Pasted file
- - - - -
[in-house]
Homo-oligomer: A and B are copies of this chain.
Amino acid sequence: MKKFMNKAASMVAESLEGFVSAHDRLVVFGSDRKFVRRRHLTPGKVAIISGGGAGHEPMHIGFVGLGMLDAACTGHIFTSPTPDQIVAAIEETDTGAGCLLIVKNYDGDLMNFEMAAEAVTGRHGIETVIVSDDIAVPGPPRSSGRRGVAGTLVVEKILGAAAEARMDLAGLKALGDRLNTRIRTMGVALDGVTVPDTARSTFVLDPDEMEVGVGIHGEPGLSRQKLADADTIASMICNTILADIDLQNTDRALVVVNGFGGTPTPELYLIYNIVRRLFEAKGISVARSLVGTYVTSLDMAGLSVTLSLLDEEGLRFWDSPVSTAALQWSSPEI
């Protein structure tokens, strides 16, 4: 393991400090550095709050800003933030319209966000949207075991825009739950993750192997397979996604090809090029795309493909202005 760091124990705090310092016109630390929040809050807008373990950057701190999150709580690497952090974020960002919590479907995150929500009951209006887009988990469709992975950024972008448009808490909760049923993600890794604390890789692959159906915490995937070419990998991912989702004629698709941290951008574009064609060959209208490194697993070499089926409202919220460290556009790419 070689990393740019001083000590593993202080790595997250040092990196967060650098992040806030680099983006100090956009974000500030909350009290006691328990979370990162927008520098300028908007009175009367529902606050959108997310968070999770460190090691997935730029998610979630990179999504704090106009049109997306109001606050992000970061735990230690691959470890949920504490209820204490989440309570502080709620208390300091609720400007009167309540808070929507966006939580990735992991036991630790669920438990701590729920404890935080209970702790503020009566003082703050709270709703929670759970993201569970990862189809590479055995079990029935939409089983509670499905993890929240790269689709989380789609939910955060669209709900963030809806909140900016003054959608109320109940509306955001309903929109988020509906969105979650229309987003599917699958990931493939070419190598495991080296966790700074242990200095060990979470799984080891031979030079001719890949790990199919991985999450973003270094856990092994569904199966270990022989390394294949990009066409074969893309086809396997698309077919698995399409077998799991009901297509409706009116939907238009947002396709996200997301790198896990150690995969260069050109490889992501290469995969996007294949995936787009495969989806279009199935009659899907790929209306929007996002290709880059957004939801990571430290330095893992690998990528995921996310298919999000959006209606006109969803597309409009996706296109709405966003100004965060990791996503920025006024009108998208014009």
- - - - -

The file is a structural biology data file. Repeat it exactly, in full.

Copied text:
[in-house]
Homo-oligomer: A and B are copies of this chain.
Amino acid sequence: MKKFMNKAASMVAESLEGFVSAHDRLVVFGSDRKFVRRRHLTPGKVAIISGGGAGHEPMHIGFVGLGMLDAACTGHIFTSPTPDQIVAAIEETDTGAGCLLIVKNYDGDLMNFEMAAEAVTGRHGIETVIVSDDIAVPGPPRSSGRRGVAGTLVVEKILGAAAEARMDLAGLKALGDRLNTRIRTMGVALDGVTVPDTARSTFVLDPDEMEVGVGIHGEPGLSRQKLADADTIASMICNTILADIDLQNTDRALVVVNGFGGTPTPELYLIYNIVRRLFEAKGISVARSLVGTYVTSLDMAGLSVTLSLLDEEGLRFWDSPVSTAALQWSSPEI
């Protein structure tokens, strides 16, 4: 393991400090550095709050800003933030319209966000949207075991825009739950993750192997397979996604090809090029795309493909202005 760091124990705090310092016109630390929040809050807008373990950057701190999150709580690497952090974020960002919590479907995150929500009951209006887009988990469709992975950024972008448009808490909760049923993600890794604390890789692959159906915490995937070419990998991912989702004629698709941290951008574009064609060959209208490194697993070499089926409202919220460290556009790419 070689990393740019001083000590593993202080790595997250040092990196967060650098992040806030680099983006100090956009974000500030909350009290006691328990979370990162927008520098300028908007009175009367529902606050959108997310968070999770460190090691997935730029998610979630990179999504704090106009049109997306109001606050992000970061735990230690691959470890949920504490209820204490989440309570502080709620208390300091609720400007009167309540808070929507966006939580990735992991036991630790669920438990701590729920404890935080209970702790503020009566003082703050709270709703929670759970993201569970990862189809590479055995079990029935939409089983509670499905993890929240790269689709989380789609939910955060669209709900963030809806909140900016003054959608109320109940509306955001309903929109988020509906969105979650229309987003599917699958990931493939070419190598495991080296966790700074242990200095060990979470799984080891031979030079001719890949790990199919991985999450973003270094856990092994569904199966270990022989390394294949990009066409074969893309086809396997698309077919698995399409077998799991009901297509409706009116939907238009947002396709996200997301790198896990150690995969260069050109490889992501290469995969996007294949995936787009495969989806279009199935009659899907790929209306929007996002290709880059957004939801990571430290330095893992690998990528995921996310298919999000959006209606006109969803597309409009996706296109709405966003100004965060990791996503920025006024009108998208014009």